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Couric ready to just sit down, do the news

Former 'Today' co-host Katie Couric says she doesn't feel pressure to 'save the network' as she makes the jump from morning TV to anchor of CBS's evening news.
Katie Couric, CBS News anchor and correspondent answers questions from members of the press about her upcoming season of the \"CBS Evening News with Katie Couric\" in Pasadena, Calif., in this file photo of July 16, 2006. CBS Corp. posted higher earnings for its second quarter Thursday Aug. 3, 2006 but the broadcasting companys revenues declined on weakness in its radio division. Couric is scheduled to go on the air for CBS September 5.Lucas Jackson / AP
/ Source: The Associated Press

After months of preparation and promotion, after all the words written about Katie Couric's new job as "CBS Evening News" anchor, she'd like nothing more now than to just sit down and report the news.

That will finally happen on Sept. 5, when Couric tells the day's top story from the set in a rebuilt newsroom on Manhattan's West Side.

"It's been very invigorating just to take a step back and talk about approaches and things we could do differently and things we might be able to try," she said. "Obviously, I'm excited to put theory to practice and see what works and what doesn't and just actually be doing the job itself instead of talking about it."

Couric's decision to leave NBC's "Today" show after 15 years had a remarkable domino effect on the television industry, and the implications will first be felt next month.

NBC waited only a day after Couric publicly announced her exit to pick Meredith Vieira from "The View" to join the "Today" cast. With its own hole to fill, "The View" selected Rosie O'Donnell to take Vieira's place as its moderator. Vieira starts Sept. 13 and O'Donnell debuts on Sept. 5.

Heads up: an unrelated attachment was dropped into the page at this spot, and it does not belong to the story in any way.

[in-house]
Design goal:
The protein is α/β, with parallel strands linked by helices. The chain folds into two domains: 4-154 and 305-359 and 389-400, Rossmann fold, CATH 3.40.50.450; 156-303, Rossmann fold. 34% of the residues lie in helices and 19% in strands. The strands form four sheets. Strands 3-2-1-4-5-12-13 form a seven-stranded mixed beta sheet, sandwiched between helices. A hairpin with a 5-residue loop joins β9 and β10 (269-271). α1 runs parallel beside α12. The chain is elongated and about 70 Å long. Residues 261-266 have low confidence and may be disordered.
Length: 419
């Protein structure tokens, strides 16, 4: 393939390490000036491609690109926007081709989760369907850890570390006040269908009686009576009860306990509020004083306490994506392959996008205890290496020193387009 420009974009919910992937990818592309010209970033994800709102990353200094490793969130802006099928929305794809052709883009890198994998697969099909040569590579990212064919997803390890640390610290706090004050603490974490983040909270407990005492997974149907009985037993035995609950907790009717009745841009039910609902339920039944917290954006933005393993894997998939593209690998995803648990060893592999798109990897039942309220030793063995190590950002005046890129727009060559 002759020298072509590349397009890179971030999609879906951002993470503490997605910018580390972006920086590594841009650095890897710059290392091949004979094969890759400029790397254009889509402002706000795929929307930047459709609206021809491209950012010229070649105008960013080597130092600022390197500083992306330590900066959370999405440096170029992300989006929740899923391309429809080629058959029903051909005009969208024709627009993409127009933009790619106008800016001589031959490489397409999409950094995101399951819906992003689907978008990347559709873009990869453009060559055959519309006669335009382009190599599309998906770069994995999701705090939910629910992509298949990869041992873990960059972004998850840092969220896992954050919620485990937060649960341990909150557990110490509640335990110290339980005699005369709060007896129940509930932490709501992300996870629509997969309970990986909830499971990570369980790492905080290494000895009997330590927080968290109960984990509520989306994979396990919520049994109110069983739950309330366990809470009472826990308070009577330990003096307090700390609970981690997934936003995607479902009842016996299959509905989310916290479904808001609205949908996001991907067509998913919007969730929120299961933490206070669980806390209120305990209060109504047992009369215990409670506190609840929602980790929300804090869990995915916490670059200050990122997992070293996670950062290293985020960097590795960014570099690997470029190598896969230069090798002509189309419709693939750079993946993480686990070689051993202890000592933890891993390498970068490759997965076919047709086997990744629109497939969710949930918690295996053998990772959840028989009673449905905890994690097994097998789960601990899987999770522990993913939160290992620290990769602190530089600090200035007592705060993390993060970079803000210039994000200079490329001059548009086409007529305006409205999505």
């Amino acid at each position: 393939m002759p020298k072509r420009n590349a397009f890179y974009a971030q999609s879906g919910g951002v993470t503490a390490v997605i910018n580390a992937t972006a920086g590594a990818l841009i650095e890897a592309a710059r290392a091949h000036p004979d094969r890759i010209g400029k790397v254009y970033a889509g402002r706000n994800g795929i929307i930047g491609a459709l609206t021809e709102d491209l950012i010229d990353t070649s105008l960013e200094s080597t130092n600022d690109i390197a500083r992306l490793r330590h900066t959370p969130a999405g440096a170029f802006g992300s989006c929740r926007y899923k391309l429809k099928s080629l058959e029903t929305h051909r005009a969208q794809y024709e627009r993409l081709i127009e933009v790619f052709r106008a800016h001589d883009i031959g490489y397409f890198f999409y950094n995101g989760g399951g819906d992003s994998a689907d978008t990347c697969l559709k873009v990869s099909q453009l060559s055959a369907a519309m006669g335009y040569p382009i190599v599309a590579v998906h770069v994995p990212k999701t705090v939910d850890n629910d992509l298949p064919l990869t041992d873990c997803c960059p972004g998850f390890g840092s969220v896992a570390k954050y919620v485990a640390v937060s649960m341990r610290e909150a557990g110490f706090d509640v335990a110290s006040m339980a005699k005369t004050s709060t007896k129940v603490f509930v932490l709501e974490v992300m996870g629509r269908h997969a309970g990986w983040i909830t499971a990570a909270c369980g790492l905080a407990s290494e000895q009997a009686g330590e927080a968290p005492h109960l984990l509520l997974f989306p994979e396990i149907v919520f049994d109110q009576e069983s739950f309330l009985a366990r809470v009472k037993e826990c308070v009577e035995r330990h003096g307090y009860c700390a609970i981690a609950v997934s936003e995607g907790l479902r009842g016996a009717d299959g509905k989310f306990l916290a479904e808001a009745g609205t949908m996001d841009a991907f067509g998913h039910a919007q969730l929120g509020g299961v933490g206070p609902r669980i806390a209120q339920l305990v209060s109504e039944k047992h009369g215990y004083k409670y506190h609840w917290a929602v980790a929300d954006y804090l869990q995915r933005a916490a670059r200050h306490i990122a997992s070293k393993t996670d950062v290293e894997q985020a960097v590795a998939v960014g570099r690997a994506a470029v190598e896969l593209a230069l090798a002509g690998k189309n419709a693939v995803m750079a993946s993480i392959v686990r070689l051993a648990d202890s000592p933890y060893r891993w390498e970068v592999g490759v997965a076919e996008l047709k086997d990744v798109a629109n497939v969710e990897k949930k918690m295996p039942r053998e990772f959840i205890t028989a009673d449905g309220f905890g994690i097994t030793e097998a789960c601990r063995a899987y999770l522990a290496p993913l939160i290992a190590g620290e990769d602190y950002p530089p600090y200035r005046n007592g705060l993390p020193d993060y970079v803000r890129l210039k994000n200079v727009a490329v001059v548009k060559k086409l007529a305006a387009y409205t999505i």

Fortunes are at stake, depending on how viewers accept these changes. The top-rated "Today" show — television's most profitable program — earned $274 million in revenue during the first five months of 2006, a full $100 million more than second-place "Good Morning America," according to Nielsen Monitor-Plus.

The numbers aren't as big at night, partly because the evening news shows are only 30 minutes long. But "CBS Evening News" still earned $81 million this year through May, with ratings leader "Nightly News" collecting $88 million, Nielsen said.

The new face of a bruised news division
Couric is becoming the public face of a news division that has ranked third in the ratings for years and was bruised by the tumultuous exit of Dan Rather.

Pressure, anybody?

"I think maybe the expectations are ginned up by the media itself," Couric told The Associated Press. "The people at home, those who are interested in seeing what CBS News does, will watch. I never felt that I was hired to, quote-unquote, save the network."

She said she has realistic expectations, "and I think most people around the country really aren't thinking about it all that much, to be honest."

Her ascension caps a remarkable two-year period of instability for the evening newscasts, beginning with Tom Brokaw's retirement at NBC "Nightly News." Peter Jennings died of lung cancer and the Elizabeth Vargas-Bob Woodruff team that replaced him at ABC's "World News" was derailed after Woodruff was injured in Iraq. Bob Schieffer has filled in as CBS anchor since Rather left in March 2005.